On Reflection: Sound investment

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Curious about local bands? Download The City of Music mobile app or perk up your ears the next time you pass through Sea-Tac International Airport and you’re liable to hear the tunes of celebrated Seattle artists like Macklemore and Blue Scholars.

The app and the airport program are among the latest efforts of a 2008 initiative to promote Seattle as “The City of Music.” The goal is to help support and expand a music industry that generated more than 22,000 jobs and $2.6 billion in sales in Seattle in 2008, according to an impact study by the University of Washington. How? By supporting music education in schools and colleges, broadening opportunities for residents and visitors to listen to live music, and encouraging investment in music-related businesses.

In 2009, Seattle began offering a tax exemption on entry fees at venues that offer live music. Since then, 12 new spots started featuring live music, including The Crocodile, Hard Rock Café, The Royal Room and Barboza. Last fall, 200 teenagers participated in a City of Music Career Day at Seattle Center.

“Seattle has always had a great crop of talent, but [we have also suffered from] a lack of businesses to help these people succeed,” says Peter Barnes, CEO of Clatter & Din, a studio recording and video company.

“The climate here is dramatically different than it was,” says James Keblas, director of the Mayor’s Office of Film + Music, pointing to increased collaboration between the music and business sectors. The City of Music app, developed by Seattle-based FrontRunner, came out of a partnership with the Seattle Metropolitan Chamber of Commerce, which identified the music industry as a key area of focus for the chamber. The app includes links to a dozen outlets that play local music and also has listings of live music events and videos about the Seattle music scene.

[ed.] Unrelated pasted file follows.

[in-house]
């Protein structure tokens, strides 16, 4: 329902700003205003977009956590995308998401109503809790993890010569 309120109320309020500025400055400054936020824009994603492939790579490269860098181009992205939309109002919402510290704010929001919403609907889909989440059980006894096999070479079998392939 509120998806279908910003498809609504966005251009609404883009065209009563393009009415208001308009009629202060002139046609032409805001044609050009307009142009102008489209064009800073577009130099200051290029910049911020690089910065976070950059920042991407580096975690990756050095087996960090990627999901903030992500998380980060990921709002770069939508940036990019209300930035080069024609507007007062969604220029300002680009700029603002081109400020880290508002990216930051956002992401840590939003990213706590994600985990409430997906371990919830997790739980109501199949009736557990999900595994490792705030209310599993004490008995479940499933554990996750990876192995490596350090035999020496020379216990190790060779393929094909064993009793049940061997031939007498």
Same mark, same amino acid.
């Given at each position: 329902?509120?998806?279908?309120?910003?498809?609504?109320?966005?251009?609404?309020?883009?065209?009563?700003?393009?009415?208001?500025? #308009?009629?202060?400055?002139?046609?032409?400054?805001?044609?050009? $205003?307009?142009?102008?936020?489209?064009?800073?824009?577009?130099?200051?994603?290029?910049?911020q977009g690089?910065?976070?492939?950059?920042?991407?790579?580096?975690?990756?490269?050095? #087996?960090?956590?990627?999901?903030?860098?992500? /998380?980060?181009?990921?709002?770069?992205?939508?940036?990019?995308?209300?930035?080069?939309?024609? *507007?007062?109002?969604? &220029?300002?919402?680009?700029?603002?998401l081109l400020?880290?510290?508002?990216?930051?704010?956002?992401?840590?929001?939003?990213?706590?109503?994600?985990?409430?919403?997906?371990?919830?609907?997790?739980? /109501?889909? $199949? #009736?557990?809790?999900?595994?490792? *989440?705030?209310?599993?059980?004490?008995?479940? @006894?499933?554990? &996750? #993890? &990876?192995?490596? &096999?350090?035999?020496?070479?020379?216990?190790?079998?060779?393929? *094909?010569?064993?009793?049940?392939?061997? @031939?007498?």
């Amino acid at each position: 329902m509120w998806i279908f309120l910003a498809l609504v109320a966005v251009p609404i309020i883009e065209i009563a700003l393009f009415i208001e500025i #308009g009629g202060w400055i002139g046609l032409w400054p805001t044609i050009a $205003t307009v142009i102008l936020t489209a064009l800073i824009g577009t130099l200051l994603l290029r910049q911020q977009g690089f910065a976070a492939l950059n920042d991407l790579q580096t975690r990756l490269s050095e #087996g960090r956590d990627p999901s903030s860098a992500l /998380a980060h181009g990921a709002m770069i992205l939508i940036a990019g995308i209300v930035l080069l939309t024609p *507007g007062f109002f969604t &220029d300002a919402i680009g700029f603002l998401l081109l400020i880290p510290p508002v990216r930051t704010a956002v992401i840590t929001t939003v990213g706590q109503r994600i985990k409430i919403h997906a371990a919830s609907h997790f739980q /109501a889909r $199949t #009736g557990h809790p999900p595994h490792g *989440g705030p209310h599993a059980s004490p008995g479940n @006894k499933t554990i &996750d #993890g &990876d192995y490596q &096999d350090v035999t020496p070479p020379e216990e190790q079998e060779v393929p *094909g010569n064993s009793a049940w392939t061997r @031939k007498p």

Music-related startups are also flourishing, with the emergence of things like Ziibra, a new platform for sharing and selling music; Protosong, an effort by musicians to address social issues; Jet City Stream, an online station playing Seattle music exclusively; Rockstar Motel, an effort to “democratize” the music industry, and iSheetMusic, which brings sheet music to mobile devices. With big guys like Amazon, Microsoft and Rhapsody continuing to build their music businesses, Seattle might actually live up to its City of Music promise.

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